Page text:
Smart speakers are terrible for your finances

I discuss smart speakers and how easy it is to spend money unintentionally (and potentially recklessly) with them.

Leading the list on the worst blog ideas for me to write would be one with reviews of the latest tech gadgets.

My current phone is pretty new, but it’s a flip phone so no one cares about it. My music player is over a decade old (ahem, I have a dedicated music player), my car is approaching two decades, and even my laptop is getting on in years.

So no one would accuse me of being a trend chaser, unless someday flip phones become a trend again (wait for it).

Because of this, I tend to miss things as they become ubiquitous.

And one of those things are smart speakers, those little devices that sit in your home and respond to voice commands.

As of 2021, 94 million people in the U.S. owned some form of smart speaker. That’s more than one in three adults.

But just because lots of people are doing something doesn’t mean that it’s a good idea.

And smart speakers, as far as your financial wellness is concerned, is anything but a good idea.

Some things smart speakers do

A smart speaker, to quote the Wikipedia entry:

“…is a type of loudspeaker and voice command device with an integrated virtual assistant that offers interactive actions and hands-free activation”

So it’s a device that responds to your voice instead of a mouse click, keyboard, button, or touch screen.

A typical smart speaker

What can these devices do? Well, pretty much anything. They typically integrate with media systems, as well as integrate with other interfaces, such as phones or Bluetooth devices.

Dumb but mostly harmless

Connecting to home devices with an audio hook seems a little pointless to me, unless you have a disability and can’t utilize a remote or a screen.

Do you really need a device that will turn on your “smart lights” to the desired dimness? Is a switch too complex? Do you really need to say, “SET A TIMER FOR 20 MINUTES!” like a tech lord and have machines do your bidding? Do you need it to listen to your appliances beeping? Of course not.

But it’s also harmless. If you get off on the coolness of the tech, then there’s nothing necessarily wrong with it.

Except for the fact that you’re buying more unnecessary stuff, all of which is expensive and going into landfills as soon as the next mandatory update. But it’ll go nice with the smartphone you buy every two years.

“Alexa, drain my bank account”

Smart speakers also, naturally, connect to the Internet, and here’s where the problems begin.

Because most people, when they think of smart speakers, they think of only a few words.


You see, these devices aren’t some expensive way to turn lights on or play the Hamilton soundtrack.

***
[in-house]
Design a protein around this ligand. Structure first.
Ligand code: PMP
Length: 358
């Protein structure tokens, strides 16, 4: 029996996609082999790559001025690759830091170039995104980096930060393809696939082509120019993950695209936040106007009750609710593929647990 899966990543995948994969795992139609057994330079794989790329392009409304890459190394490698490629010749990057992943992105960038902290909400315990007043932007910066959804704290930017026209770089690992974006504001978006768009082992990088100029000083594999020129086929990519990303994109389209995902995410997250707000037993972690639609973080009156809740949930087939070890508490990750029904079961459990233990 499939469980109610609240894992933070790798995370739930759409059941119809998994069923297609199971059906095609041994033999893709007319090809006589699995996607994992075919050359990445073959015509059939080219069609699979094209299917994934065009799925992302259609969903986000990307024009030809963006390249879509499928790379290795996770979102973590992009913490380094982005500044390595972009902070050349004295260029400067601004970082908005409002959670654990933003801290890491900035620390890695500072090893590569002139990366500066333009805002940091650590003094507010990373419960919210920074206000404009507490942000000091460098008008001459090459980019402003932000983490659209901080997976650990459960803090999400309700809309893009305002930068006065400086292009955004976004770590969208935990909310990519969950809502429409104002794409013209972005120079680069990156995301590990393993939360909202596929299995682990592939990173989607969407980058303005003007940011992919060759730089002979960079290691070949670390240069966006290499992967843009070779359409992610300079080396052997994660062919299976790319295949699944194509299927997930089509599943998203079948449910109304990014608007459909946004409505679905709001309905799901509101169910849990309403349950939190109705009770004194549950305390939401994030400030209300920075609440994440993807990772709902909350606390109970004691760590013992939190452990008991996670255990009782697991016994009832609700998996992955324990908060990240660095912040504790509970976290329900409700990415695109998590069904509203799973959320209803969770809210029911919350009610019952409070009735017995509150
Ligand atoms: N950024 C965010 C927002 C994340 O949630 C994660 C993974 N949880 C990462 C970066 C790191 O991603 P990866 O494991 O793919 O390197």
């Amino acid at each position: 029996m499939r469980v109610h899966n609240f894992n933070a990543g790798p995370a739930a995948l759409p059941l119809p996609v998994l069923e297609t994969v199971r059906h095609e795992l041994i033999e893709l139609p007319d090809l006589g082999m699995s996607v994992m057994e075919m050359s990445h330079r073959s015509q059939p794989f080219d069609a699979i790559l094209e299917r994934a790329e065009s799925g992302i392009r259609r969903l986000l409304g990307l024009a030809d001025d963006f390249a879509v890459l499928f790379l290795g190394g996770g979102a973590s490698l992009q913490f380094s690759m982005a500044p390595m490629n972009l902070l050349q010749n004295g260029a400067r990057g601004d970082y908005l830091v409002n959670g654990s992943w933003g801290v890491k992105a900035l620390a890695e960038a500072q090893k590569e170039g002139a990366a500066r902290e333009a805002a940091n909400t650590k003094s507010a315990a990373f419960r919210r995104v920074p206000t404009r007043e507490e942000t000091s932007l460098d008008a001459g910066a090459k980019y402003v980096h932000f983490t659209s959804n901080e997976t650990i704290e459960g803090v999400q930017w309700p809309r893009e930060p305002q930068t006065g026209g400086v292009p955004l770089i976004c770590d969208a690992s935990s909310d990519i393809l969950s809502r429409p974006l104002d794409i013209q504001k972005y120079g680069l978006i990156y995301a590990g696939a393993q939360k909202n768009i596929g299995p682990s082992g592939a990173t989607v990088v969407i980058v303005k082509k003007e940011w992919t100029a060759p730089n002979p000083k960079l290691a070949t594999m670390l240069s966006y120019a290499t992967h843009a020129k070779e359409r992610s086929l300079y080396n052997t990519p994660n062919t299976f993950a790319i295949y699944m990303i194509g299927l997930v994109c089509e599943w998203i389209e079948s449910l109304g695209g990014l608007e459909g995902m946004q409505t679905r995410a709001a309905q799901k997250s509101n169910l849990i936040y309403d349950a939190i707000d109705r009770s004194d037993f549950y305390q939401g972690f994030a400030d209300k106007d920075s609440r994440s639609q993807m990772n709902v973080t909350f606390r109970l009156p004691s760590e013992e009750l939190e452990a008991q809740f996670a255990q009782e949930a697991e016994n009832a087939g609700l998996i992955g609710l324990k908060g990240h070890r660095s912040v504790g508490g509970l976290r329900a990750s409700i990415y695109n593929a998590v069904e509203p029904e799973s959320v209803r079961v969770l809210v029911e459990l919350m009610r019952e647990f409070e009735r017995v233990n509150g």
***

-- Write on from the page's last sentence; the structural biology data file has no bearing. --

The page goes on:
These devices are essentially frictionless spending devices, all-but-forcing you to make unintentional purchases.

You connect your smart speaker to Amazon, and then you can just issue a single command and Alexa will order you a pack of 9V batteries, a new shirt, or an electric lawnmower, whatever comes to mind.

There is absolutely nothing good about this.

You think I’ve railed against the problems with Amazon Prime? Well, that’s peanuts compared to this.

Because this is Prime on steroids. This is zero-click ordering.

When you can just speak a thought and have it get ordered, you are on track to making some bad financial decisions.

The importance of friction

Friction is important in purchases. They slow you down. They make you think. That’s good.

When I find something that I want that above a certain price, I always wait 24-48 hours before purchasing it. If I’m still thinking about it, then it’s worth it, but if I forget about it, then it probably wasn’t worth it anyway.

And companies love to make purchasing as frictionless as possible. Which makes sense for them, because they make more money from you.

When purchases are easy, you are more likely to make ones that you don’t truly want or need. It may have just seemed like a good idea at the time, but that time passes.

A note about privacy

I can’t mention smart speakers without mentioning privacy. Smart speakers are listening to you and recording your voice. Whatever you say, the arguments you have, the phone conversations, the TV shows, the sex you have, all of it is being recorded.

Do you feel okay with that? Do you truly consent, or do you just not want to think about it?

I already dislike smart speakers because of the impact they have on people’s finances, but considering all the lengths I go in order to reduce how I’m tracked online, this part really irks me.

I do not consent to be recorded, which makes it increasingly uncomfortable for me when I go places. I’m not yet at the point where I’m going to be the annoying one that asks for the host’s smart speakers to be disabled when I visit places. But that may change.

Once upon a time, people who didn’t eat meat were considered outliers, and their desire for non-meat options weren’t easily met. Now, I wouldn’t say that it’s mainstream, but being vegetarian is certainly not an outlier status anymore.

Will people’s aversion to smart speakers go the same way? I hope so. Alexa, make a note of it.

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